“Many residential and non-residential collective sales will remain unsuccessful,” JLL’s Mr Tan said, noting that many have not managed to get the 80 per cent mandate.
“For those that got the mandate and launched, some will likely fail due to over-pricing.”
Analysts said residential collective sale sites priced below $500 million are generally more palatable.
Ms Chia noted that the successful residential collective sales since 2022 were generally priced at not more than $260 million, except for the sale of Meyer Park at $392.18 million and Chuan Park’s $890 million sale to Kingsford Development and MCC Land. But the Chuan Park sale is in limbo, pending the High Court’s decision following objections from some owners. Most of the residential sites sold in this cycle were in the suburban areas, she added.
Cushman & Wakefield’s head of research Wong Xian Yang said smaller projects with a reserve price of less than $100 million have been more successful. From 2021 till now, 18 of 29 commercial and residential collective sales (62 per cent) were below $200 million, he noted.
Mr Tay said developers are wary of committing to larger land sites priced at $500 million and above, owing to greater development risks. “Prime district collective sale sites are also seeing a lower success rate due to higher unsold new home supply, compared with other sub-markets.”
Ultimately, for a collective sale to succeed, Ms Chia said sellers “must have reasonable price expectations, and developers must appreciate that replacement costs for sellers have increased substantially”.
Developers may shift even more to GLS
With unsold new home supply at a five-year low, many developers may continue to favour Government Land Sales (GLS) for land banking, given the challenges in the collective sale market.
Some analysts foresee developers triggering more sites on the GLS reserve list, if there is demand that the collective sale market cannot satisfy.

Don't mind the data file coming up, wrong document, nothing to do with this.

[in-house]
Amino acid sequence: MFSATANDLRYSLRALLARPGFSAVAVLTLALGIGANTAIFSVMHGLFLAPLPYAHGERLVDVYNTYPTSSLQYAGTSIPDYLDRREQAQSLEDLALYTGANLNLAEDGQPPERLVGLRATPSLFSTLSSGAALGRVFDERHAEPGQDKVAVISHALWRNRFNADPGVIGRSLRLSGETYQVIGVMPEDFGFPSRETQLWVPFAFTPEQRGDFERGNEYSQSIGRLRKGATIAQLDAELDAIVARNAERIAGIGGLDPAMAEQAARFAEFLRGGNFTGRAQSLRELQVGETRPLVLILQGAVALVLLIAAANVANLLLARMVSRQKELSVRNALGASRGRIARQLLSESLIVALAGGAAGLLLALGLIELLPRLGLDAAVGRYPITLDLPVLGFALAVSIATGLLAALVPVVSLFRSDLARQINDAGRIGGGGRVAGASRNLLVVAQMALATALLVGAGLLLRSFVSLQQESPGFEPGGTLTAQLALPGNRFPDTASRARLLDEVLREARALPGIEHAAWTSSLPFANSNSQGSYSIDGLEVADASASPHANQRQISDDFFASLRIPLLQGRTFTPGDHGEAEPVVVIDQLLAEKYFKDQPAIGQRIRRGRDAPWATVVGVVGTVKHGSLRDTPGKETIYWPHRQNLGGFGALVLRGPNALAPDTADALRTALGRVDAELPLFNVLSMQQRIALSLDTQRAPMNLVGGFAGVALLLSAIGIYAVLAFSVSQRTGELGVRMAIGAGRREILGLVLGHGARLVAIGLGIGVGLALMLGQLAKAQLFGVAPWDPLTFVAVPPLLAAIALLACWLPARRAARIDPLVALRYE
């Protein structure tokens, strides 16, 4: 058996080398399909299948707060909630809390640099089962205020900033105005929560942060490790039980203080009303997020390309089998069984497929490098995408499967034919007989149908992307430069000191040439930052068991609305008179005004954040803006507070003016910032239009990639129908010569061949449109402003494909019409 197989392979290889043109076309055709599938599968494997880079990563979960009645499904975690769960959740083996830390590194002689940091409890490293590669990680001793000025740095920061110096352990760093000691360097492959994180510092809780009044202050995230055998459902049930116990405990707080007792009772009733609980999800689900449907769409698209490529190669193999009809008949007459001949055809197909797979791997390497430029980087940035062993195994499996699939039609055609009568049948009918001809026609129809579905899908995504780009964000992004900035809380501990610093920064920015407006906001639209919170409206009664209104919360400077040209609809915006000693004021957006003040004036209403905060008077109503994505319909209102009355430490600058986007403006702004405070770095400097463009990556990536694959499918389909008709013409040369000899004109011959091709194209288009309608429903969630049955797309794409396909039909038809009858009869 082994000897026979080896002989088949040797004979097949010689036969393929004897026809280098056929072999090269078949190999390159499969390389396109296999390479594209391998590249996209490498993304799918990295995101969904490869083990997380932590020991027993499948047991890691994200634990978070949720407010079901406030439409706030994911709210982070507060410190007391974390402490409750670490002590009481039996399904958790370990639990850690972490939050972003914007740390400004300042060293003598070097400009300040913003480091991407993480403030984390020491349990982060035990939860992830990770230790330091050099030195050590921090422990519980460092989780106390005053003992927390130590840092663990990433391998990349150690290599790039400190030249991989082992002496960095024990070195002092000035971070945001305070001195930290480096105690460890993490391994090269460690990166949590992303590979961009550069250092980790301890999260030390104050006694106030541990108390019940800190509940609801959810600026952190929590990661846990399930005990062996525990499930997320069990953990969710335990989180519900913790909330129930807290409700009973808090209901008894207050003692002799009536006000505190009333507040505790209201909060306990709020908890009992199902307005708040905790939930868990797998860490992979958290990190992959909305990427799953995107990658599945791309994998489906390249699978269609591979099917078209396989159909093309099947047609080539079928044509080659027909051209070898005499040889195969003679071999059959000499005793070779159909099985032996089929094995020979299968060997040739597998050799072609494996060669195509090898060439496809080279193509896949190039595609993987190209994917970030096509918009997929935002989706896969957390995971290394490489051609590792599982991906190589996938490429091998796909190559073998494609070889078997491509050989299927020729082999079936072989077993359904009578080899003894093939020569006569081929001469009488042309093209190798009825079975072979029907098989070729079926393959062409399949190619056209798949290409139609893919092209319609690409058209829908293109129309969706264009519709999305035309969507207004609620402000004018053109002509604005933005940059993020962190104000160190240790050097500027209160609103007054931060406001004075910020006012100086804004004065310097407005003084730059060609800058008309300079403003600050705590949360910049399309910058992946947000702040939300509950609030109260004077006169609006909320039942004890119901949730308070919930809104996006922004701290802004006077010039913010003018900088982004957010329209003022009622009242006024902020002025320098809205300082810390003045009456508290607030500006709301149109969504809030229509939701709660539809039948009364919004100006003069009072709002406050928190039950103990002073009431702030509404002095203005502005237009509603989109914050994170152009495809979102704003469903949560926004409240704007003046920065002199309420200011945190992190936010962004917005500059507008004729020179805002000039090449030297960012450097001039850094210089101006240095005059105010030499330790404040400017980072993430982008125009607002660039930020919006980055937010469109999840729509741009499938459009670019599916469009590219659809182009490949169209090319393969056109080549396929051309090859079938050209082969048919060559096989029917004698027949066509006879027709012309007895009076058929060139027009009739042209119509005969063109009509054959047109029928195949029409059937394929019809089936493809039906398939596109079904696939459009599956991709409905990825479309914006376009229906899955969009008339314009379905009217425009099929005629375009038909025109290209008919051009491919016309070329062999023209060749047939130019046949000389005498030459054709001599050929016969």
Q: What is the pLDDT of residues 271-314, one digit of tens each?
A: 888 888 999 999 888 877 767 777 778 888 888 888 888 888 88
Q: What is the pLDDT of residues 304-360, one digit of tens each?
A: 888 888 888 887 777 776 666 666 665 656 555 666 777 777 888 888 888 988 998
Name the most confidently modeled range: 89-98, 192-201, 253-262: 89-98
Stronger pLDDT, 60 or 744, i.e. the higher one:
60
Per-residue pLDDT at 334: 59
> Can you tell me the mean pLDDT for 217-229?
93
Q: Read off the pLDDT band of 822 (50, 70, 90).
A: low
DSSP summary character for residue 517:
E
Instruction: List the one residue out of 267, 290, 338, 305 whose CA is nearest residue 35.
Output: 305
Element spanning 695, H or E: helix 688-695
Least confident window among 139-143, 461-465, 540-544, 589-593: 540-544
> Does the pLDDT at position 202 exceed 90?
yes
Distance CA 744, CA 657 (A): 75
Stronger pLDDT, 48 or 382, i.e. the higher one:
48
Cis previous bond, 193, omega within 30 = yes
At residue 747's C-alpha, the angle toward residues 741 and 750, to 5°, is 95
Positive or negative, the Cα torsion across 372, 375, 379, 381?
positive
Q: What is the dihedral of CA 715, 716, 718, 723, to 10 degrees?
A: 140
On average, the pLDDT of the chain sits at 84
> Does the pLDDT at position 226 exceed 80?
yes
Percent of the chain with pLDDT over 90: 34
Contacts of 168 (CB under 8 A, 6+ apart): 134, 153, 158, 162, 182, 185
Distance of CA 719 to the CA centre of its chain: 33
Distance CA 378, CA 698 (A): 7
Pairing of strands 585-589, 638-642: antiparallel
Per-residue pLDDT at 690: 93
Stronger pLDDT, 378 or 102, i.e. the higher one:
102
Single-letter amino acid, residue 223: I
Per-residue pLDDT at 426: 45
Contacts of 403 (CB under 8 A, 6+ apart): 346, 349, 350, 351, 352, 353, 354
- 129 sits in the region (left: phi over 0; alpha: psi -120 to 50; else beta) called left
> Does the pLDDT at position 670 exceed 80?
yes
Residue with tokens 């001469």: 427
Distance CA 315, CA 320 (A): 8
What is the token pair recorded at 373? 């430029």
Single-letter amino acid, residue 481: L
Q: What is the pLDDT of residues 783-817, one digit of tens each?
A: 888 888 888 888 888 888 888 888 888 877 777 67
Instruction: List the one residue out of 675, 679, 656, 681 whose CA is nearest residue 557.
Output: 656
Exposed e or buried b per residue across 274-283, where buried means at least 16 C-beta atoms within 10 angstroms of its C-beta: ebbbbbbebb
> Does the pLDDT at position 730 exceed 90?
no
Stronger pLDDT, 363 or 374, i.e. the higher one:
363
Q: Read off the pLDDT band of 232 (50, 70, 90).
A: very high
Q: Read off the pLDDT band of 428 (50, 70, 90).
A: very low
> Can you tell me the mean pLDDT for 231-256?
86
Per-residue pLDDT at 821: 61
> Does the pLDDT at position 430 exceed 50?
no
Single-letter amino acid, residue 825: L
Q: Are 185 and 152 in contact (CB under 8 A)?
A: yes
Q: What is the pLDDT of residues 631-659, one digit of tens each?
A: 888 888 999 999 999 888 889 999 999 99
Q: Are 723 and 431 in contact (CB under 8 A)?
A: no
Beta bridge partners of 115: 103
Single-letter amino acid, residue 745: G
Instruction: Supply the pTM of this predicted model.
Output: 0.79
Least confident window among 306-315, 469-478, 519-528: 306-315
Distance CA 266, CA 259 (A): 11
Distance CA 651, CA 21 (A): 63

“In the medium term, developers may favour sites located in the suburbs and city fringe, and even leasehold sites, over prime and freehold locations, as these are generally more affordable and cater more to the owner-occupier market,” Mr Tay said.
Of the seven sites on the GLS confirmed list, four are in the city fringe and the rest in the suburbs.
Mr Wong also sees developers favouring more suburban and city fringe sites, although he believes they may continue to bid for sites with higher foreign investor exposure.
“But their site selection criteria in terms of pricing, location and site attributes are expected to tighten further,” he said.
Ms Tracy Goh, head of investment and collective sales at PropNex, said the strong take-up at new 99-year leasehold launches Tembusu Grand and Blossoms by the Park shows that developers can get good sites from the GLS programme.
Developers are very much in control of the timeline when they buy a GLS site, which may be more affordable than collective sale sites, she noted.
“The reserve price for a state land parcel is at 85 per cent of the Chief Valuer’s estimated market value for the site, while the reserve price for a collective sale site is typically at a premium over recent transacted prices,” Ms Goh said.
But Ms Chia warned that developers were already showing signs of defensiveness, even before the latest cooling measures.
Only one bid was submitted for the Lentor Gardens GLS tender in early April at a land rate of $985 per sq ft per plot ratio (ppr) – the lowest land rate for such tenders in the area and the first time the awarded price was below $1,000 psf ppr, she said.
She expects bidding to be more subdued, with “more developers adopting a wait-and-see approach, unless the site is in a popular growth location”.